Fri, May 19th, 2017 Picture this: you’re traveling through a foreign land, traversing its rolling hills and small towns and you come upon a small bay where you stop for lunch. This is an adventure of a lifetime, you are halfway across the globe from where you were born.
Everything is alive, different & new. Your experiences, the language, and the culture are music to your ears and a feast for your eyes.
We’ve all been there, a vacation we never want to end. We love where we are, but more often we want to hold and capture the feeling of the moment, the joy, and peace of our experience.
I met Lois in Vero Beach, FL in 2016 just as she finished purchasing a piece from another artist at the show. She was not in the market for a wall sculpture that year but said she had just the wall and would stay in touch.
Just before the 2017 show, I reached out to Lois to see if she’d like to have a consult at her home where I could see the wall she was thinking about. It was perfect timing, I got to see her new condo, get a flavor for her aesthetic, colors and talk about ideas.
Lois wanted to use a photo from her retirement trip as a jumping off point for her sculpture. After more than 20 years as a Massachusetts firefighter, Lois and her husband rented an RV and traveled throughout New Zealand for several months. Her intense career was over, she was celebrating and decompressing. It was a trip of a lifetime. The photo captured a feeling which she wanted to be conveyed in the artwork.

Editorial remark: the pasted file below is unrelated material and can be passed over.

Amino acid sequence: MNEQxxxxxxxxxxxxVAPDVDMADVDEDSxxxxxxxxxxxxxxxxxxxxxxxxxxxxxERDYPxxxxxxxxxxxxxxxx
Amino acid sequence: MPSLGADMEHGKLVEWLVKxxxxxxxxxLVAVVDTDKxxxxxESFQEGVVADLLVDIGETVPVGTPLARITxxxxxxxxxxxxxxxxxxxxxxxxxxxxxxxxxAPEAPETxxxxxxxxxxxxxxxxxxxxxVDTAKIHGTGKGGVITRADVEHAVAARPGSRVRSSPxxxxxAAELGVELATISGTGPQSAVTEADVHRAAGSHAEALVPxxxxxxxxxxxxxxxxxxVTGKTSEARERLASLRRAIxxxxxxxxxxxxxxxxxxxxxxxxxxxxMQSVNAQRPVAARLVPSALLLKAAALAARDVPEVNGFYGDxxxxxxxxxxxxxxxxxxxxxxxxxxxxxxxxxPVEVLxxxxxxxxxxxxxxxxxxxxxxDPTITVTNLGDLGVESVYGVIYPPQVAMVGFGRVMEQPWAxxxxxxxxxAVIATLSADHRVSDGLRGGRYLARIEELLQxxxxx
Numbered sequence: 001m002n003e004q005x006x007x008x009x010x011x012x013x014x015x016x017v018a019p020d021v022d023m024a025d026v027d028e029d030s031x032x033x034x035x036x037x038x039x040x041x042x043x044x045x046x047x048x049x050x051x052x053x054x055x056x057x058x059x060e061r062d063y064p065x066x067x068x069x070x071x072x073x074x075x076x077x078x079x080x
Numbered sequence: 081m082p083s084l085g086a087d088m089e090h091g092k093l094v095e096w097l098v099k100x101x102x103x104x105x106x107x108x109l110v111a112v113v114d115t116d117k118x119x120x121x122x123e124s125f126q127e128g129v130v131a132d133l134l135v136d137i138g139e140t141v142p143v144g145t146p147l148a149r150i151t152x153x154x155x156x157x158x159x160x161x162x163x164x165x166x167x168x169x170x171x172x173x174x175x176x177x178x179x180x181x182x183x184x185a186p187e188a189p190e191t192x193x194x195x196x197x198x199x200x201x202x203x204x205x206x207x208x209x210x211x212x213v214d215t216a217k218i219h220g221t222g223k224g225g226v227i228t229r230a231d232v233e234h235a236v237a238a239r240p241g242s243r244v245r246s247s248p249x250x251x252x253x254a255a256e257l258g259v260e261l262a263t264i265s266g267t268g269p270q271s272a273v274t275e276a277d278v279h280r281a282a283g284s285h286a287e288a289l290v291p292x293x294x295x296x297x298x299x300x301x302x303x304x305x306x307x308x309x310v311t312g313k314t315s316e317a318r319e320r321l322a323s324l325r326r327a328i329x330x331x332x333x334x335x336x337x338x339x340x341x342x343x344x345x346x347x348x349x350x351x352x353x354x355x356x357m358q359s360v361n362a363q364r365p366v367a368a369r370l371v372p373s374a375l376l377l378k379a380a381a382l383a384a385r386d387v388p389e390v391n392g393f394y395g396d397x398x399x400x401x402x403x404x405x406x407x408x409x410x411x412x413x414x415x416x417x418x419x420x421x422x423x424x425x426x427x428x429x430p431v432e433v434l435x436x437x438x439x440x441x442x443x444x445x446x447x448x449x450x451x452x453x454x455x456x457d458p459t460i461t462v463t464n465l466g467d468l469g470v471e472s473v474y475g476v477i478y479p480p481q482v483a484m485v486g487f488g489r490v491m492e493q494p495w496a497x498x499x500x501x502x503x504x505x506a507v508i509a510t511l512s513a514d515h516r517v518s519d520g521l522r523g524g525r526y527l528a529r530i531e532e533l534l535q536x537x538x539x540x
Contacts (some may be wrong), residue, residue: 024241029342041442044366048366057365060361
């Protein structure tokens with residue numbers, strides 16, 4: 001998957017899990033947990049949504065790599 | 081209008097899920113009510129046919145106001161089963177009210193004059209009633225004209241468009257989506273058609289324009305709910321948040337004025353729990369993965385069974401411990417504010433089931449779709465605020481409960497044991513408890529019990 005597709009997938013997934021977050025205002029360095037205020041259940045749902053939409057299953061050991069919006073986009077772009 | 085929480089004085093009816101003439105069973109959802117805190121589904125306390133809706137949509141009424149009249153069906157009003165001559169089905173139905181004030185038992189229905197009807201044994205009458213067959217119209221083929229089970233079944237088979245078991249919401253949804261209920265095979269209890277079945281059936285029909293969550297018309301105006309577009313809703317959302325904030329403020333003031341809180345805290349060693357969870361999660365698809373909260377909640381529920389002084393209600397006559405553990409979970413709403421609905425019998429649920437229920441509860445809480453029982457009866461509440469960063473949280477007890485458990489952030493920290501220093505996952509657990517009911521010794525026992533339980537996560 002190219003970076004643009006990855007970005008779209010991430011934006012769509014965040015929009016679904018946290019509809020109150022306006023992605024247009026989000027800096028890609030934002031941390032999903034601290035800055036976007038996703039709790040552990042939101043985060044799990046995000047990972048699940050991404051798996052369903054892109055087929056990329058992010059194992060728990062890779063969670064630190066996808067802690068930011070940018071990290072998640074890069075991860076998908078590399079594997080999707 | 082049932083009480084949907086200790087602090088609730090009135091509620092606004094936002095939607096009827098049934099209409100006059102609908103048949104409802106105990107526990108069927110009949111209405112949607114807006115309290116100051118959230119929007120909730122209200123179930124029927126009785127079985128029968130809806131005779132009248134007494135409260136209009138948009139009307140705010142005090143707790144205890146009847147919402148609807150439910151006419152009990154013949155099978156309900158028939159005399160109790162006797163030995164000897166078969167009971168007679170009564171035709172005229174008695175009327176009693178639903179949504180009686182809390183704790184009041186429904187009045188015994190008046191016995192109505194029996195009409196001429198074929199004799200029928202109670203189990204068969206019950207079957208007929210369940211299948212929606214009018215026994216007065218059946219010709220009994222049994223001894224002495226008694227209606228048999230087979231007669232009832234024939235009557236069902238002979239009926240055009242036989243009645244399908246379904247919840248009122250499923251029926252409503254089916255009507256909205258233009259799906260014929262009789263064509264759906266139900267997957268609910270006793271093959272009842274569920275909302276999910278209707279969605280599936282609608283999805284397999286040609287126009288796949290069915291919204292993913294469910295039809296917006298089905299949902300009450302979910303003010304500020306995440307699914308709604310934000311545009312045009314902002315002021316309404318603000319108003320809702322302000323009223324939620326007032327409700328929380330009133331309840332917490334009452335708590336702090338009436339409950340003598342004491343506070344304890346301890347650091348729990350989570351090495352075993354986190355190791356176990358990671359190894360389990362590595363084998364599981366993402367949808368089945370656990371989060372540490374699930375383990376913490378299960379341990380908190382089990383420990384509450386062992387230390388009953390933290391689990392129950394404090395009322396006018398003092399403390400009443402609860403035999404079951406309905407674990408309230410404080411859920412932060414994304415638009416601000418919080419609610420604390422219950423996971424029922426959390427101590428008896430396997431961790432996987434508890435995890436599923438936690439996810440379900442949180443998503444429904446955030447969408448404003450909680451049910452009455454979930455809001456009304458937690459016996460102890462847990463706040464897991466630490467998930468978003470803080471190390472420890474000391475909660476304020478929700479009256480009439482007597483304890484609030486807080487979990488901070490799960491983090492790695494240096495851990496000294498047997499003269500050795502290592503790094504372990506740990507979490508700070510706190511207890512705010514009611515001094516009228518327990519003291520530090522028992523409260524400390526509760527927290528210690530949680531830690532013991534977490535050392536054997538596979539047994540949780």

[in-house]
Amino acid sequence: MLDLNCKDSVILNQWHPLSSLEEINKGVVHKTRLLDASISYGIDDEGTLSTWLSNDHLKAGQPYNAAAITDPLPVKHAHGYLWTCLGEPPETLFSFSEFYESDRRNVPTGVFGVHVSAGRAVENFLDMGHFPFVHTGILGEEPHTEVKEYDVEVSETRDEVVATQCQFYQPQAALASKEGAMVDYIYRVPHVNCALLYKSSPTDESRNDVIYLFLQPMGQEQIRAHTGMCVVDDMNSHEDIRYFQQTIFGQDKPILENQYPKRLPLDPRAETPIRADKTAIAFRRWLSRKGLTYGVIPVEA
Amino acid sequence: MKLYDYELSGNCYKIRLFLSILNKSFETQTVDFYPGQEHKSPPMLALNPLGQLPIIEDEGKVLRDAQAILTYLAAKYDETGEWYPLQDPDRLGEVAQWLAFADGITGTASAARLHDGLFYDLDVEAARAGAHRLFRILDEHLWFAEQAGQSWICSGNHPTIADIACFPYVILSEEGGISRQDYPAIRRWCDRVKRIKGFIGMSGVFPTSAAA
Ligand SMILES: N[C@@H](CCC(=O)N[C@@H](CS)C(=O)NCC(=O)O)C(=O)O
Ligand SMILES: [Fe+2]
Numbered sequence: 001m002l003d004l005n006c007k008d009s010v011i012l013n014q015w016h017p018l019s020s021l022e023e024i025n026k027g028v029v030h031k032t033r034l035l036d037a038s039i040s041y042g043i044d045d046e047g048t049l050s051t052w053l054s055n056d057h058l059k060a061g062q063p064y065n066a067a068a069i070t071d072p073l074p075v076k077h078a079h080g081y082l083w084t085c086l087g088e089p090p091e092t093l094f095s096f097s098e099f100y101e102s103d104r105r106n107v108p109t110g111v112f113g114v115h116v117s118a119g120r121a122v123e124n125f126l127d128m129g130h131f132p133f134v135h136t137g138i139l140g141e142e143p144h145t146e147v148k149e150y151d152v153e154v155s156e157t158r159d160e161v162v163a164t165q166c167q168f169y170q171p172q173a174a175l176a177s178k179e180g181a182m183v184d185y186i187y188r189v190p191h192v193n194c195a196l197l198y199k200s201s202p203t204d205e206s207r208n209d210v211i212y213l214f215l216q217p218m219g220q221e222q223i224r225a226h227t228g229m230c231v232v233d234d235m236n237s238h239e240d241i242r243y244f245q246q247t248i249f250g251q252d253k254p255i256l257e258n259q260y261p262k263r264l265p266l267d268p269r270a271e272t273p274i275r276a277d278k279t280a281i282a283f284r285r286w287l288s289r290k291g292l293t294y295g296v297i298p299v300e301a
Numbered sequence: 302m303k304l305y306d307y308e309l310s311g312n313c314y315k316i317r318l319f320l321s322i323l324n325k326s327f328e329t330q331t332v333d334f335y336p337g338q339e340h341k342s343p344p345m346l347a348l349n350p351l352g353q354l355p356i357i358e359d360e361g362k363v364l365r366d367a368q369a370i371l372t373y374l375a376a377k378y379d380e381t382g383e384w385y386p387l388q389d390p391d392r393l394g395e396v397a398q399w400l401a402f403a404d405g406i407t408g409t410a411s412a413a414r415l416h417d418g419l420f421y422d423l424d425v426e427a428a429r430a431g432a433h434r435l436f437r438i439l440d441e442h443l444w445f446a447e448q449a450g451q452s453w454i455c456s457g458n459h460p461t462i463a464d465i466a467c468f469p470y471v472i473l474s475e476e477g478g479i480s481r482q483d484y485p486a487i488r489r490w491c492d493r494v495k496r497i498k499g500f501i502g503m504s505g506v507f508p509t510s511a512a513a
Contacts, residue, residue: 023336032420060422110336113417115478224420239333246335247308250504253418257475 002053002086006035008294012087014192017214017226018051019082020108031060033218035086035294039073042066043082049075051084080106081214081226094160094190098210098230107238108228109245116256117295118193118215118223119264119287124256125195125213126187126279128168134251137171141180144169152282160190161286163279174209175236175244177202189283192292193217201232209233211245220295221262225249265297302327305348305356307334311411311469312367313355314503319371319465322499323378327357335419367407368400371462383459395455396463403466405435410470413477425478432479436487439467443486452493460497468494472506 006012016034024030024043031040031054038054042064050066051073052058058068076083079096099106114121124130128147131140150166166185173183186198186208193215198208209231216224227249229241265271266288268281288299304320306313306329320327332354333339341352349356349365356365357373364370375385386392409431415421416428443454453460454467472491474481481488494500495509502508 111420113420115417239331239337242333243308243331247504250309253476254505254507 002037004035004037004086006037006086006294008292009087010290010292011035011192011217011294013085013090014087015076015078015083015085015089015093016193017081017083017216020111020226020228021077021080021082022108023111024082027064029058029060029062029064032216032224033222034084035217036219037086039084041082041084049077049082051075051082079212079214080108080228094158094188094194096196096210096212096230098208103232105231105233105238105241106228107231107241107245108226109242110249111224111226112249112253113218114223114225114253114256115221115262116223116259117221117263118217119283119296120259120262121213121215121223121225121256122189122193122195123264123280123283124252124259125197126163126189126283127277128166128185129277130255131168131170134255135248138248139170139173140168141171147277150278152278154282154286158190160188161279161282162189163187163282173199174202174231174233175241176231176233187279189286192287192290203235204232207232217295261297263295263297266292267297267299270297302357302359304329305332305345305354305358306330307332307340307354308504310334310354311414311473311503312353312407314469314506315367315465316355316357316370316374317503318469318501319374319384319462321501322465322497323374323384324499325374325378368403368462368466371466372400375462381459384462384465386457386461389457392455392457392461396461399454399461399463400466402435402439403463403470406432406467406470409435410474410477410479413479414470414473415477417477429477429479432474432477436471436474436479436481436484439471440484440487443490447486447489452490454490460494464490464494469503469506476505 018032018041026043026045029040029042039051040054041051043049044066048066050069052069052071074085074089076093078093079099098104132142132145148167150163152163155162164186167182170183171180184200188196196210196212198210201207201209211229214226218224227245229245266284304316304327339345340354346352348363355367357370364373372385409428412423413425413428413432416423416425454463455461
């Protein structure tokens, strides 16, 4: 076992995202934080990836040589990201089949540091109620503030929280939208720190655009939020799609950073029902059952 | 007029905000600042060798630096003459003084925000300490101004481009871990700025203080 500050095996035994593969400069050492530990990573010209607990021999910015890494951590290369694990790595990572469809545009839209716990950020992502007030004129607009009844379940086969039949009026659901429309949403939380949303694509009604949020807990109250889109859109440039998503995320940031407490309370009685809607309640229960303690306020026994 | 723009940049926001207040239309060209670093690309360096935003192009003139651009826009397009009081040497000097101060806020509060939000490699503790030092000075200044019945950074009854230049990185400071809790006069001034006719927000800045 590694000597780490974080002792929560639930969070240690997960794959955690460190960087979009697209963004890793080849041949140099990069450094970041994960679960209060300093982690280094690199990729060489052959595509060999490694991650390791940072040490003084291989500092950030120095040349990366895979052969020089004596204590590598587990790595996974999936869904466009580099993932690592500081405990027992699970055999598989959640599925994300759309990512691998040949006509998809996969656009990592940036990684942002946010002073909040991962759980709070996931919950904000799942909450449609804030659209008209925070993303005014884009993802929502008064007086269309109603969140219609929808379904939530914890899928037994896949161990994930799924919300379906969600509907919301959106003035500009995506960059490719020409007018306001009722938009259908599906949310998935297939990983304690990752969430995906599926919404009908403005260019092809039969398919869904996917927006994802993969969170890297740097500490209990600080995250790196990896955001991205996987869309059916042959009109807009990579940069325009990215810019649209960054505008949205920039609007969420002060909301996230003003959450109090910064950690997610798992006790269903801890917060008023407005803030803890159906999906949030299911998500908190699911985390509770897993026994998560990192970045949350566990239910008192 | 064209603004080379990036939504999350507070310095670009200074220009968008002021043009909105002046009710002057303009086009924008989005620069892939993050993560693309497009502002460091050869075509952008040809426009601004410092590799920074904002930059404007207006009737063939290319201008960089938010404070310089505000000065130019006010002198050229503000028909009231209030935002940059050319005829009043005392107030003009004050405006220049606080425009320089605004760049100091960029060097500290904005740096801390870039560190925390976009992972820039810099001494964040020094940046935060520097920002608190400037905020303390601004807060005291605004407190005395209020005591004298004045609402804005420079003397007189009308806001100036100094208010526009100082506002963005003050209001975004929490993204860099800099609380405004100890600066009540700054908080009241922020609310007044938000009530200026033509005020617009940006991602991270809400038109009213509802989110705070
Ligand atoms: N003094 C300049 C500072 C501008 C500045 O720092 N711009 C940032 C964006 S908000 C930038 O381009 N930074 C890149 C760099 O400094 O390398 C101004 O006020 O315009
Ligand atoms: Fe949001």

Thus began Tasman Sea Dreams. As always, we begin our journey with a drawing based on the photo and a few revisions. Once the details were worked out, I began to work in clay.
I create the wall sculpture, working from foreground to background and back again. Bold lines are laid in first, then smaller lines, then sketching the focal points and accents. From there, it's all details. Texture is added, lines are refined and the composition & dimension comes to life.
Phase one of the project is complete. During phase 2 the color is applied to the tiles, layered from background to foreground and feathered on. Lois wants a soft sandy surface, some bright colors, but she wants to maintain the feeling of peace she felt in that New Zealand photo on the Tasman Sea. After our final consult on the phone, I got to glazing. I work more than 20 ceramic stains into the mural, layering, and feathering and mixing the colors. Now the mural is in the kiln, to be fired. The stains will transform with heat and time.